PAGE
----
You’ll always have Paris, so why not explore the lesser-trodden regions of France? The department known as the Tarn, in the Midi-Pyrénées, is among the country’s loveliest areas, with a mosaic of vineyards and green hills making up a landscape dotted with medieval villages. There are, of course, dozens of reasons to explore this charming region, but these are the five most important ones.
Food and Wine
Gaillac may be the best wine region you’ve never heard of. This is the land of white varietals such as Mauzac, reds such as Gamay, and a method of producing sparkling wine that started long before anyone had heard of Champagne. Oenophiles travel the Route du Vins, with stops such as Causse Marines, a pioneering biodynamic vineyard; Vignes en Foule, a restaurant owned by a group of winemakers; and the Gaillac Wine Museum, set within a tenth-century abbey. Gastronomic experiences are just as abundant, with food markets every day of the week, including the popular Sunday farmers market in Saint Antonin Noble Val; artisanal cheesemakers such as La Fromagerie Marty in Cordes-sur-Ciel; and Michelin-star dining from celebrated chefs like Michel Bras, whose Café Bras in Rodez sits within the Musée Soulages. The best way to take it all in is to book a culinary-focused itinerary through Time Out in the Tarn, which organizes private tastings with winemakers, market tours, cooking classes, and meals at the area’s best restaurants.
In addition to the modern art at the Musée Soulages, the Tarn is home to France’s largest collection of Spanish paintings, housed at the Musée Goya. The biggest draw for art lovers, however, is the Musée Toulouse-Lautrec in the town of Albi, where Henri de Toulouse-Lautrec was born. The museum holds the largest collection of the post-impressionist artist’s work, with more than 1000 pieces, including his famous theater posters. For a little something more unusual, the Musée Les Arts du Sucre et du Chocolat in Cordes-sur-Ciel features sculptures made from sugar and chocolate.
Some of France’s most fascinating medieval towns populate the region. Cordes-sur-Ciel, southwest France’s first fortified village, dates back to the thirteenth century. Each July, the town holds the Grand Fauconnier, a medieval festival where the townspeople and merchants dress in traditional garb and the streets come alive with the music of the Middle Ages, along with torch-lit processions. The town of Albi, a UNESCO World Heritage Site, is the home of the breathtaking thirteenth-century cathedral Sainte-Cécile. And Lourdes, where the Virgin Mary appeared to a peasant girl, is an important site of religious history for Roman Catholic pilgrims.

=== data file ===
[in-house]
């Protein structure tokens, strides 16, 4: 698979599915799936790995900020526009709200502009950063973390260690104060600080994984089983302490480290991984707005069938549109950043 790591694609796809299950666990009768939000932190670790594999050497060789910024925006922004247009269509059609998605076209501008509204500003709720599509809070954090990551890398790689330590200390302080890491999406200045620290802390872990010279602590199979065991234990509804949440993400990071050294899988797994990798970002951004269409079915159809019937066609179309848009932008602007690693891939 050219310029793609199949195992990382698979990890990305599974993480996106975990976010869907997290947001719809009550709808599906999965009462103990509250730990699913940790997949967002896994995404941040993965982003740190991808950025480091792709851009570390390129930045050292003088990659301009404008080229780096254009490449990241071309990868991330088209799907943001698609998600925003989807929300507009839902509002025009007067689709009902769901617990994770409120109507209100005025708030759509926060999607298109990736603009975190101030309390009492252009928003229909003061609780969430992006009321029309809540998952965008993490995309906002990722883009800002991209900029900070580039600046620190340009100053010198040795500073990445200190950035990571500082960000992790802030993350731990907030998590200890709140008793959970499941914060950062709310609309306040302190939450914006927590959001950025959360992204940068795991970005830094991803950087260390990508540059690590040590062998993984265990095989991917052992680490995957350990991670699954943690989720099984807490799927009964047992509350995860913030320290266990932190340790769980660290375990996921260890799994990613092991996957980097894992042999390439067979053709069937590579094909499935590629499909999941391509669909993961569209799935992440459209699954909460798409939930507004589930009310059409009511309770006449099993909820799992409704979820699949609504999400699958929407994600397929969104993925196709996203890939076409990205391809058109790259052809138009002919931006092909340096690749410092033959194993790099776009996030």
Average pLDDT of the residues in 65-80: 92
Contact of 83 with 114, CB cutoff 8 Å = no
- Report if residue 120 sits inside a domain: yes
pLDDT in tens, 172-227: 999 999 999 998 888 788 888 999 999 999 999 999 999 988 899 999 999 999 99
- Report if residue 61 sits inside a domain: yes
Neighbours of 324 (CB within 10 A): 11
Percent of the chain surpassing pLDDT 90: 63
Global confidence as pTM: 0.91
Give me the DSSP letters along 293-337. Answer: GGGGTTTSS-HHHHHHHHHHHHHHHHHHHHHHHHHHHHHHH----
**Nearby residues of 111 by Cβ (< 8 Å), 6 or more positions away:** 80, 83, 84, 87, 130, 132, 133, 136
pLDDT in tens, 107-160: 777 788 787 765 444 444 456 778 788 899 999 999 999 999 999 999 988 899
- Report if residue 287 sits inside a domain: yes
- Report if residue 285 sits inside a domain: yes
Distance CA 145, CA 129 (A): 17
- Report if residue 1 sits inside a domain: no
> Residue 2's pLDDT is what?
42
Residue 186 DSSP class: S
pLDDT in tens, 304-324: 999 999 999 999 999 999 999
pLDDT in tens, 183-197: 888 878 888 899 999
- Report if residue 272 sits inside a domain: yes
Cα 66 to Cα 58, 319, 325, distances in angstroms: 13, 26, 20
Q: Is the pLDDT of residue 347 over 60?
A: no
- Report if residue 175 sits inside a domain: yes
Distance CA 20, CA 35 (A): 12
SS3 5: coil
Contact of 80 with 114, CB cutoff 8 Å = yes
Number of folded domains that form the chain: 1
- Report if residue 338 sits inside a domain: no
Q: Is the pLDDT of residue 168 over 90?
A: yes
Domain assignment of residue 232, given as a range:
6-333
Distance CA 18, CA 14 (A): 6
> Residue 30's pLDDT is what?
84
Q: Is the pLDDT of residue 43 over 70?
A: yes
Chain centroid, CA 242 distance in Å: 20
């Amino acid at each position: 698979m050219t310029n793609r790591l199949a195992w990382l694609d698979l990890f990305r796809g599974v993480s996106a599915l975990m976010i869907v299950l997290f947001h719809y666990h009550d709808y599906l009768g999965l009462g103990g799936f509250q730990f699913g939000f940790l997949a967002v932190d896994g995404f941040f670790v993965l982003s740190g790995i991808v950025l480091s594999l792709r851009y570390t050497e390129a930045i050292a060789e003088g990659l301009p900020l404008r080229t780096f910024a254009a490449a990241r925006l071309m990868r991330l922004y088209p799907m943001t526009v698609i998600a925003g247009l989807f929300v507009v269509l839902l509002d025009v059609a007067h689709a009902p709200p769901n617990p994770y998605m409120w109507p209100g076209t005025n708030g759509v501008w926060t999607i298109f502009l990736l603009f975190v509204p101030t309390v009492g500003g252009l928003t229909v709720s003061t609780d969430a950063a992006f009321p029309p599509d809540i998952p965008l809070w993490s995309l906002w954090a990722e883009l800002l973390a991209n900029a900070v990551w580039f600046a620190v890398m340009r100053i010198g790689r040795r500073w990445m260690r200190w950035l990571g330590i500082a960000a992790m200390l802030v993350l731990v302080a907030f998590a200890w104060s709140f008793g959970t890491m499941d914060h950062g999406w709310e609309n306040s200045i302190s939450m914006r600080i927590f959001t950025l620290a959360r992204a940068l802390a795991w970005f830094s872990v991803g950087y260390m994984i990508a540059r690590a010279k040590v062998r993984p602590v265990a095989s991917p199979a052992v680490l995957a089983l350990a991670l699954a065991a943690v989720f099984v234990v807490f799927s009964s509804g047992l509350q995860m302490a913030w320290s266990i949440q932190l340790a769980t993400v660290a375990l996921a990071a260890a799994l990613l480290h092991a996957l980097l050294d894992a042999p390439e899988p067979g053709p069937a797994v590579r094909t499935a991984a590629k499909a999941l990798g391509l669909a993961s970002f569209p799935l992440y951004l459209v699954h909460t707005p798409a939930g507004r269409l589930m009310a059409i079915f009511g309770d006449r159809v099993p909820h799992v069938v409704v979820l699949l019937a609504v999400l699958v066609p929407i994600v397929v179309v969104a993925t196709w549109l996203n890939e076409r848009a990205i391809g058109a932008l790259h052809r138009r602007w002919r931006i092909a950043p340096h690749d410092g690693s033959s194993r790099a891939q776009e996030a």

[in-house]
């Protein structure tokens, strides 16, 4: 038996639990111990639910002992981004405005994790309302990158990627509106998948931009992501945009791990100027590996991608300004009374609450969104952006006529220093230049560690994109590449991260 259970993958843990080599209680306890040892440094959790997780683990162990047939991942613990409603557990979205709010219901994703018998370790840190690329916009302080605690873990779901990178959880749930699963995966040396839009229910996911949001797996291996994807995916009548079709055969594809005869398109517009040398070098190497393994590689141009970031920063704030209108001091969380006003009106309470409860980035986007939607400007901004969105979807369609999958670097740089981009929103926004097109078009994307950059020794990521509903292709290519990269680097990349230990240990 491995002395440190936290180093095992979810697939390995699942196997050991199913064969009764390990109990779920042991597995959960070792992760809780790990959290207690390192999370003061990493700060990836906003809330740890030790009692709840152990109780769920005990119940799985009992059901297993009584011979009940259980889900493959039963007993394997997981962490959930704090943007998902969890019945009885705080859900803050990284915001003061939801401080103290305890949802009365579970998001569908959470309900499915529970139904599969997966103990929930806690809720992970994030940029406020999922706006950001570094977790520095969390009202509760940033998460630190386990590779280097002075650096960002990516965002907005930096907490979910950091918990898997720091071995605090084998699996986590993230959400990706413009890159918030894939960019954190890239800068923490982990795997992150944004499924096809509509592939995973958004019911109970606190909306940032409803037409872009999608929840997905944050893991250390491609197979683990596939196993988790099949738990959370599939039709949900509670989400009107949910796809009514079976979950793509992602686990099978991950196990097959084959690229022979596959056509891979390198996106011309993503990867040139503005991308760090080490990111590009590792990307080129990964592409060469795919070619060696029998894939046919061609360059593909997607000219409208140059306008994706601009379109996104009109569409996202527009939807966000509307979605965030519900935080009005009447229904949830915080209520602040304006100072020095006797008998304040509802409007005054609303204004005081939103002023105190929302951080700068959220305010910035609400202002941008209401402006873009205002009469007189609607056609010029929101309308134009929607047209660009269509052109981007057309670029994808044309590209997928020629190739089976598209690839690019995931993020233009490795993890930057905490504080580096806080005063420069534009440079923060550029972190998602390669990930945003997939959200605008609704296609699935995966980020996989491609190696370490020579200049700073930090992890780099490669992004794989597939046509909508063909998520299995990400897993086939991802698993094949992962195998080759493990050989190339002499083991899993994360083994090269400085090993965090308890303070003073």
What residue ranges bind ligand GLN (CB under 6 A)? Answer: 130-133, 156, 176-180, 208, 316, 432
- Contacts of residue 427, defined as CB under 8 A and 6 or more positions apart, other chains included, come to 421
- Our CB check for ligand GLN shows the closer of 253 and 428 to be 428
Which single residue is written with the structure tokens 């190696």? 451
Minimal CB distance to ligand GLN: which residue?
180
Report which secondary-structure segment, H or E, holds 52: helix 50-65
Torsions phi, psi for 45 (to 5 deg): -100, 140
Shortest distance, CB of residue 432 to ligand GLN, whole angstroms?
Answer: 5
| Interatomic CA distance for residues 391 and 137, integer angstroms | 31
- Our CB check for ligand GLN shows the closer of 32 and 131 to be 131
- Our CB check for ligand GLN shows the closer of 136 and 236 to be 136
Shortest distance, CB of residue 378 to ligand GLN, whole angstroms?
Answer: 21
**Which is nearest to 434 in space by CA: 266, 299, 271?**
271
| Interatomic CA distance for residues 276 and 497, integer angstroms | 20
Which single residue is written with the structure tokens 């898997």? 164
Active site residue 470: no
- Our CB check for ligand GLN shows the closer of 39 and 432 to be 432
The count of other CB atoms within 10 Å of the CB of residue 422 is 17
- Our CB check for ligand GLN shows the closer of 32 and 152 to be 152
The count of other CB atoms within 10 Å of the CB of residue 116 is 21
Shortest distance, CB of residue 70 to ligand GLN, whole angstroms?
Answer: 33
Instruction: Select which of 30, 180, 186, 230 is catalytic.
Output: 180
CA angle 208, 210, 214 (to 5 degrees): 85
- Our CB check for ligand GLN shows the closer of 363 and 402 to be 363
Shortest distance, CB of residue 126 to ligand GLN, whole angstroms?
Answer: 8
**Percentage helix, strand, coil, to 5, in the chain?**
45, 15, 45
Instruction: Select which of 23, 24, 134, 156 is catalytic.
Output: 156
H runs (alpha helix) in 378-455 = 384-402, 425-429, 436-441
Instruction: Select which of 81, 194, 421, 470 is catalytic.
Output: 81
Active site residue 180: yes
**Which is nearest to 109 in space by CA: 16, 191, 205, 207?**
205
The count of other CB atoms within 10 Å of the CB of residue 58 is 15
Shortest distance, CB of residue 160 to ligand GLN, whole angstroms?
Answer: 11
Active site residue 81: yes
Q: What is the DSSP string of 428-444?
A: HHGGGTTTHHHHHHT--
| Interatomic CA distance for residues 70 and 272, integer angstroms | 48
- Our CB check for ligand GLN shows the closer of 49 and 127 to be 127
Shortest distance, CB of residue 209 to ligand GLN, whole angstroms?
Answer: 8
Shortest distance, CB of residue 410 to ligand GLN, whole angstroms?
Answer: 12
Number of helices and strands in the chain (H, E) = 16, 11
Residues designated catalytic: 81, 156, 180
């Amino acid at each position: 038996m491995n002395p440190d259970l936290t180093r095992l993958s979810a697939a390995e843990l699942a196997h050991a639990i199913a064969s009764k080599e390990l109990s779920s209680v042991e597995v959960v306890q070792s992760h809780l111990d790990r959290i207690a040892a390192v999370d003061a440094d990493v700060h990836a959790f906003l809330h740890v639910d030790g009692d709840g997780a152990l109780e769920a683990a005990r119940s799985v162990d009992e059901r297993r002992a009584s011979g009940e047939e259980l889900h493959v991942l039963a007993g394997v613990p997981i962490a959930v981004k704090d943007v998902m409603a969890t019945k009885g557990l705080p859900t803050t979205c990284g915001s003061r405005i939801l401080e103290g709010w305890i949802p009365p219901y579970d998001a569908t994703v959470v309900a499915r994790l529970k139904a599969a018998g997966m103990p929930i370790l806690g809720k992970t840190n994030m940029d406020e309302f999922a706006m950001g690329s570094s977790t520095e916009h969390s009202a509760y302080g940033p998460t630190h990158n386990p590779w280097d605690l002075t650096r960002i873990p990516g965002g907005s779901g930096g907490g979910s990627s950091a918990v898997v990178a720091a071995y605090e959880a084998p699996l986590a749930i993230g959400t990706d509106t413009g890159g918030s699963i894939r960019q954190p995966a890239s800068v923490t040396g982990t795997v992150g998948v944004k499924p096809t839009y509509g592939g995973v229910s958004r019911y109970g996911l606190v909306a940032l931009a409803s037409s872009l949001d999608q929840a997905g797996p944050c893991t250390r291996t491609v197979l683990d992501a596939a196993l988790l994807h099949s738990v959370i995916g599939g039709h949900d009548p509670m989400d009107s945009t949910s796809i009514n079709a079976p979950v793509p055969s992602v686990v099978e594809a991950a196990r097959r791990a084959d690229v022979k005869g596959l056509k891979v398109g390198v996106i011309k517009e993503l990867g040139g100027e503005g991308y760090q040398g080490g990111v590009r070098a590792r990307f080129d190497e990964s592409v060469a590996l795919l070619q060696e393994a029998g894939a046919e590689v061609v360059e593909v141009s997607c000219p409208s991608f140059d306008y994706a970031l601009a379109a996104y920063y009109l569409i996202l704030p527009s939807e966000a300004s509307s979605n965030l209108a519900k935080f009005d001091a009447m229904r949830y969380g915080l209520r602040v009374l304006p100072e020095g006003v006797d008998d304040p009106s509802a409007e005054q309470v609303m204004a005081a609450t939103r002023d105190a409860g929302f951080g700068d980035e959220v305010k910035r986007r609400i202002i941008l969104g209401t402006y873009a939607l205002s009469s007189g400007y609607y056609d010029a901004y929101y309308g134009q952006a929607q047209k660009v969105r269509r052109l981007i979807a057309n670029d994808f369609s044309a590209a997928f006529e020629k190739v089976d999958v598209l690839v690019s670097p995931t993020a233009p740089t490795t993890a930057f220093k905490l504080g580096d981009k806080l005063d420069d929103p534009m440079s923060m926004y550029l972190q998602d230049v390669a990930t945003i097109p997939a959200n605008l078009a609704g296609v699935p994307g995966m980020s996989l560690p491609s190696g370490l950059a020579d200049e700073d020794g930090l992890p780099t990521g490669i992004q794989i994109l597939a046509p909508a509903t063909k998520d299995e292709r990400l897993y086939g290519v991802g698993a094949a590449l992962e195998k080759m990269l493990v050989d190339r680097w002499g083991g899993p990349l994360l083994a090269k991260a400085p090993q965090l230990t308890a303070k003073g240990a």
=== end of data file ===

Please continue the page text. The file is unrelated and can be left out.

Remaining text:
The landscape of the region lends itself to active travel, whether hiking Mont Barre to take in vast views of the valley, cycling around the lakes on the Pastel Road, or gazing up the canyons while kayaking down the picturesque Aveyron River. Freewheeling France is a great resource for cyclists, with information for self-guided and organized rides. Location Canoes offers canoeing and kayaking adventures on the river Tarn.
The village of Saint Antonin Noble Val is a star, most recently as the charming backdrop of The Hundred-Foot Journey, starring Oscar-winner Helen Mirren. Take a good look at the locals—many served as extras in the film. Previously, the town was also the setting for the 2001 film Charlotte Gray, starring Cate Blanchett.
Where to Stay
Feel like the lord of your own manor at Domaine de Perches in Gaillac, a breathtaking chateau surrounded by vineyards. Guests can stroll the gardens, enjoy the pool, play tennis, and dine on fine local cuisine. The stone house dates to the seventeenth century, while the rooms and interior are luxurious and modern.
The charming bed and breakfast La Maison au Puits in Cordes-sur-Ciel sits just outside the medieval town. 5 cozy rooms and a lovely garden provide a homey setting for guests. Their “table d’hote,” three-course, wine-paired gourmet meals, are a must, as owners Christianne Zeelen and Nico Thomassen are accomplished cooks.
A serial traveler who often lets a country’s cuisine dictate her itineraries, New York City-based writer Kathleen Squires has visited all 7 continents and over 60 countries, with stints living in London, Tokyo, and Buenos Aires. Her work also appears in The Wall Street Journal, Details, Saveur, Cooking Light and National Geographic Traveler.